Director Charlie Graddick said on Wednesday that parole hearings are expected to resume on or about Nov. 1. The WAAY 31 I-TEAM learned there are 627 parole hearings that will be postponed.
Failure by prior officials to bring the bureau into compliance with the law enacted June 6th by Gov. Kay Ivey led to the postponement of 113 hearings on the docket for this week. At issue is the fact that the board’s Operations Division was unable to assure Judge Graddick that all interested parties had been notified of the hearings as prescribed by law.
“I am certain within reason that we will have the system up and running on or about Nov. 1,” he said. “This uncalled-for situation is a disappointment to me and to our hardworking employees but mostly I feel sorry for the victims and other interested parties who have been forced to wait to testify before the parole board. We’ve put all resources possible toward repairing this breakdown.
“I want to thank those who continue to extend themselves to bring the bureau to compliance. It’s going to be a trek because we are starting from scratch. I asked the previous director what had been done to bring the agency into legal compliance. He said, “’Nothing has been done.’”
Prior leadership had four months to implement compliance.
The WAAY 31 I-TEAM reached out to Tonia Hutto-Bass on the phone. We've interviewed her on multiple occasions about parole issues. Her brother, Bryan Hutto, was murdered in 2010 and his killer came up for an early parole in October 2018 that was abruptly cancelled, because a series of WAAY 31 I-Team investigations uncovered these flaws in the system.
"Once the governor gave them chance after chance, they threw it in everyone's face. This doesn't just affect us, the victims. This affects all of Alabama," said Hutto-Bass.
In Bass's case, her family wasn't even properly notified. The board called secondary family members, not the main ones who were supposed to be contacted. Hutto-Bass and her family had to call the board to see if it was, in fact, true that Bryan's killer was coming up for parole. Bryan's killer was sentenced to life in 2012 and coming up for her first parole hearing.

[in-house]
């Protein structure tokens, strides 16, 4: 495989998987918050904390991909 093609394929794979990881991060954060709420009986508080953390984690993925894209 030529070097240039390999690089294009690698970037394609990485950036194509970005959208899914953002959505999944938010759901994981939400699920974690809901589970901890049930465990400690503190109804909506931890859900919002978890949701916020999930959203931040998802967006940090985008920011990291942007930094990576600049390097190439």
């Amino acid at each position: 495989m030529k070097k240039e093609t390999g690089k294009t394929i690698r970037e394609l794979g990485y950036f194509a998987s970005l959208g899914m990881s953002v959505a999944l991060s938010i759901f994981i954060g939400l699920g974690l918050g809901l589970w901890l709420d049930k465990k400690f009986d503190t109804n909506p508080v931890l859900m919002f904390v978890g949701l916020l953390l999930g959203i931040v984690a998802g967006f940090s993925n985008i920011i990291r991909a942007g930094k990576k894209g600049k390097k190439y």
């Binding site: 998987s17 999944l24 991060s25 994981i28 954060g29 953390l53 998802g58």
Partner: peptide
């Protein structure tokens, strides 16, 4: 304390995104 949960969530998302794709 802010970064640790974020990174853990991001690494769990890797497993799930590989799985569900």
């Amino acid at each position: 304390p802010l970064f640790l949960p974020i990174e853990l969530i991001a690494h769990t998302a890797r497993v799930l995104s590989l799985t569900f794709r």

This is just one flaw Graddick's team is trying to conquer. They said they're getting correct phone numbers, addresses and doing their due diligence to properly notify victims within the 30-day limit, just as the new parole law states must be done. That's why Graddick's office is having to make these drastic cancellations.
"It's a blessing. I know that the families that are sitting back waiting are probably relieved that they don't have to deal with this for a little bit, especially the ones who aren't notified correctly, like we weren't," said Hutto-Bass.
Last week, Former Executive Director Eddie Cook, Assistant Executive Director Chris Norman and Personnel Director Belinda Johnson were all placed on paid leave pending disciplinary proceedings. They had about four months to prepare for these changes and work on victim notification, but instead, they did nothing.
"It was overdue, and still, I think them being on paid leave shouldn't happen, but I understand the process and I'm anxious to see the outcome of that," said Hutto-Bass.
Hutto-Bass said they don't have a parole hearing yet for Bryan's killer, but she hopes more people will be removed from the department.
"I'm glad Graddick is in there, and I hope he is kicking butt and taking names and getting people out of there," said Hutto-Bass.
Graddick's office told the WAAY 31 I-TEAM improper victim notification is just the 'tip of a Titanic iceberg' when it comes to the problems at the parole board.